Under the preclearance system, the US passport control and customs service will set up facilities in Arlanda and international travelers will undergo checks there instead of after landing in the United States.
Sweden’s is one of nine countries where the United States has recently decided to set up these so-called “fast lanes.”
“Arlanda was chosen because it meets many of our requirements,” US Ambassador to Sweden Mark Brzezinski told the Dagens Nyheter newspaper. He said Arlanda had a high technical standard, a good administration and that the Swedish government had expressed enthusiasm about gaining preclearance status.
“It will simplify travel, reduce waiting times and the pressure in our arrival terminals, and increase security,” he added.
Swedavia, which operates all airports in Sweden, sent a letter of interest about the preclearance plan to the US last year. The US government then began an assessment of the applicant airports to decide which airports to begin formal negotiations with.
Those negotiations are set to begin soon and expected to last from 12 to 18 months. The preclearance procedures could be introduced shortly after that, Brzezinski said.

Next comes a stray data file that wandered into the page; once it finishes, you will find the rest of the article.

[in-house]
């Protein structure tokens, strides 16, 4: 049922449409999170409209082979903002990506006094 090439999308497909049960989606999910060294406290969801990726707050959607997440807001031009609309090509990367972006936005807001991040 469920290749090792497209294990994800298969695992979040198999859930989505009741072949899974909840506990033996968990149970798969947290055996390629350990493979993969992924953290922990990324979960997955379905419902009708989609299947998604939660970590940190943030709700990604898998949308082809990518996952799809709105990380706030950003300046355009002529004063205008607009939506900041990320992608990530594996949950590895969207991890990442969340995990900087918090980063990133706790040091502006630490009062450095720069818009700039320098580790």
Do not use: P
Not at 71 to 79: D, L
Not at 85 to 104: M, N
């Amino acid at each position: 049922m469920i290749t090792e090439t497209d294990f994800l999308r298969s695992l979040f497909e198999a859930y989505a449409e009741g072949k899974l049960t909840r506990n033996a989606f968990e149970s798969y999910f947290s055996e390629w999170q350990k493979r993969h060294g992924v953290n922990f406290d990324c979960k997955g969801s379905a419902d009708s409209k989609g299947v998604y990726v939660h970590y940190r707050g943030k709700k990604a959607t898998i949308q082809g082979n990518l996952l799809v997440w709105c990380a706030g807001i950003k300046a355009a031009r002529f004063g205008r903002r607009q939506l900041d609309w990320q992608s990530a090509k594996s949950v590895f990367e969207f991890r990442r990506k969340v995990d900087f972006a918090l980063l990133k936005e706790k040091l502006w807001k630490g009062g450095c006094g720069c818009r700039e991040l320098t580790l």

Swedish Enterprise Minister Mikael Damberg had fought hard to get preclearance status and said he was very satisfied with the American decision. He did say there were still legal challenges ahead.
“American border control procedures will be carried out on Swedish soil, so we have to straighten out the rules that will apply,” he said. “It will likely demand new legislation so there is serious work to be done.”
But he said the advantages to preclearance status were clear, not only for travelers but for Sweden’s competitiveness within Europe.
The US preclearance system is currently in place in only two airports in the EU, both in Ireland.